Increase purebred rescue partnership collaboration
Training, support and recognition for the volunteers
Increase recipients of spay neuter funding
WITH ADDITIONAL RESOURCES (often just staff time)
Most of these fall in the achieved or improved category.
*Treat the treatable and reserve euthanasia for the incurably suffering (tremendously improved, but not fully there yet!)
Trap Neuter Return and Shelter Neuter Return for feral cats
Foster care, including specialized care and foster to adopt
Institute the most humane euthanasia protocols including pre-sedation whenever possible
Vaccinate all animals at intake
Train volunteers/dogwalkers in socialization and basic training techniques
Improve basic cat care, handling and enrichment (this was its own comprehensive list)
Individual behavioral intervention program and play groups
Other recommendations included in 2013 that we are hoping to see follow through on include:
*Treating the treatable and employ euthanasia as it’s true definition, for the incurably suffering which PACC is continually making strides on
Set goals for adoption (both on-site and offsite) and for other live release outcomes
Implement adoption follow-up support/services protocols
Require animal protection officers to scan for chips and use other methods to attempt to return found animals to owners in the field
In addition to our recommendations, non-exhaustively, some other responsibilities and achievements of NKPC are:
Sponsoring animals and recruiting fosters to support rescues in pulling more from shelter
Diversion services at intake
The development of a community resource directory for owner retention and shelter diversion
Posting stray and ‘found reports” to the public
Funding outside veterinary care for PACC’s in need and at risk animals
Marketing of PACC’s special needs, longtimer and seniors to the public and suggesting strategy to PACC to do such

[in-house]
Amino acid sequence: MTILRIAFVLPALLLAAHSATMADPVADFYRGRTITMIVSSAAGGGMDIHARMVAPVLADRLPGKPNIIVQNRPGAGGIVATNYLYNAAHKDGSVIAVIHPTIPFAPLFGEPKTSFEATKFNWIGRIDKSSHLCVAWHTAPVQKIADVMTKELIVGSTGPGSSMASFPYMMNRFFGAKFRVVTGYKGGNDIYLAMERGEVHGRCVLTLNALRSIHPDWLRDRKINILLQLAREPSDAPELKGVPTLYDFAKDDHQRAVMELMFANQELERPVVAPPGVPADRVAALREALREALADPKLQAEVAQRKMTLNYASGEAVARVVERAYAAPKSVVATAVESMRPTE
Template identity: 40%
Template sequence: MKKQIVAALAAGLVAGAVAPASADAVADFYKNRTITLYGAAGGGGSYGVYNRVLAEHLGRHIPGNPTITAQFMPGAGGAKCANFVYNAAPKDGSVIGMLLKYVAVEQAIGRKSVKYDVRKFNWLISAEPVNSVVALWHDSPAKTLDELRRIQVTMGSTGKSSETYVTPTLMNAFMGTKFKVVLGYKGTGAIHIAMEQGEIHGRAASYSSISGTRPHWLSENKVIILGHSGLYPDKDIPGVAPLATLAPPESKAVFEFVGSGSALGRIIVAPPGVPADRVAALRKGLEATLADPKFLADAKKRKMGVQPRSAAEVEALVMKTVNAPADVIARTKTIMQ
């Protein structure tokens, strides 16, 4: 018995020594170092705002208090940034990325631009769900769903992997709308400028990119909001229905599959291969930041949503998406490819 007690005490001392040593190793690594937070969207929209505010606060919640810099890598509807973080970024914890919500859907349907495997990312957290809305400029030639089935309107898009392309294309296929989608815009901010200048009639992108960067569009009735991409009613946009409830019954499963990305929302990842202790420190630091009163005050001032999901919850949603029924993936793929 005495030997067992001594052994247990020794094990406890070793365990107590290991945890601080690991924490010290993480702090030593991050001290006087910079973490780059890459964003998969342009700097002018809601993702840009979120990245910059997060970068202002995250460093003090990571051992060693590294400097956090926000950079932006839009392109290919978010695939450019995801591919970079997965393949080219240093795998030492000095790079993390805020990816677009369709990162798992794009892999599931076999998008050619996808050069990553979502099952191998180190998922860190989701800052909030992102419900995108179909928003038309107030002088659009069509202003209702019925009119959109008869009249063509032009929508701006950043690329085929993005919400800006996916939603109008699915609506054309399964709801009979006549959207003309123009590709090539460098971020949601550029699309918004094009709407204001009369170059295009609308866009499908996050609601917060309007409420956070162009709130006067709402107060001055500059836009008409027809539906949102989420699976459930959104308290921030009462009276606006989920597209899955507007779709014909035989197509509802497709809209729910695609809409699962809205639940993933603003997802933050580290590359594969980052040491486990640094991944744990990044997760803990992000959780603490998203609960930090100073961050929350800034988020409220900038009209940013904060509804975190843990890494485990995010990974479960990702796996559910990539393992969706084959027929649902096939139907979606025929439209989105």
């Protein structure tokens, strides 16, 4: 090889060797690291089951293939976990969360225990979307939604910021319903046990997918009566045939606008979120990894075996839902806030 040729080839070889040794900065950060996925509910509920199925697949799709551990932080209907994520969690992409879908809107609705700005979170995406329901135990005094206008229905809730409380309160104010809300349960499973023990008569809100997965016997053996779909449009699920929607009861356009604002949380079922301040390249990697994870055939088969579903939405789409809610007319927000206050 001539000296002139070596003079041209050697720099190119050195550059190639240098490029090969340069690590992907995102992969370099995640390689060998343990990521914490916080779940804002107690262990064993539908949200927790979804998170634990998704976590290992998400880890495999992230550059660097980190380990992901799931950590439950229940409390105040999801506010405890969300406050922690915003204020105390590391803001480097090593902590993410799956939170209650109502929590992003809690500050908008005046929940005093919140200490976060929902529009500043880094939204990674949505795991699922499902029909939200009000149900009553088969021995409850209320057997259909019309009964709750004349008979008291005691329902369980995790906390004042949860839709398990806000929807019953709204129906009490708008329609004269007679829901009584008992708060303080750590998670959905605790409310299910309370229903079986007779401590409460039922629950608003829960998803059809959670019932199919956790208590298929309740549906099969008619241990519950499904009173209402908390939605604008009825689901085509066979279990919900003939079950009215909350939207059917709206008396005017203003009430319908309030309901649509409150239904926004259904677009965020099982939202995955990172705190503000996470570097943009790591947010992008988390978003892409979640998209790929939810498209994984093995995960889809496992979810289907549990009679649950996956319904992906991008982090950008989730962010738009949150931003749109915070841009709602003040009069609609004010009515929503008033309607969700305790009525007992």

Leading a community awareness campaign since 2012 to let the community track outcomes and to help inspire action
Recruiting and referring PACC volunteers at events and on our website
Informing and referring public of PACC’s need for fosters
Providing resources on best practices in shelter animal handling in the shelter
Focusing on lost pet outcomes with the Lost Pet initiative, including monthly low cost microchip events starting September 2017.
Where do we go from here?
No Kill Pima County takes pride in all this community has accomplished, while recognizing there is still much work to do.
The current status of PACC outcomes is an 85% Live release Rate.
Most of these outcomes have significantly improved, with the exception of ‘rescue’ which has significantly declined to less than ½ the number of 2012, and ‘returned to owners’ which has minimally improved.
For more details on PACC intake and outcome data see our page: Pima County’s Challenge-By The Numbers.
Foster care, behavioral interventions and owner retention support have not yet reached their potential and as always, a shelter cannot reach the goal of saving the saveable without ongoing community support AND participation.
A groundbreaking resource for assessing and tracking that each animal entering the shelter is afforded the best opportunity at life or given a true euthanasia when absolutely necessary can be seen here: Animal Evaluation Matrix, by the No Kill Advocacy Center.
We are grateful for all that have given energy, expertise and resources in support of No Kill Pima County, shelter pets, Community Cats and to the community at large of of pets and their people. Thank you to all that have and are participating in this work to truly save the savable, a tireless mission that is both heartwarming and heartbreaking.
To learn more about NKPC visit our webpage at: nokillpimacounty.org
To make a contribution towards our work: Donate to NKPC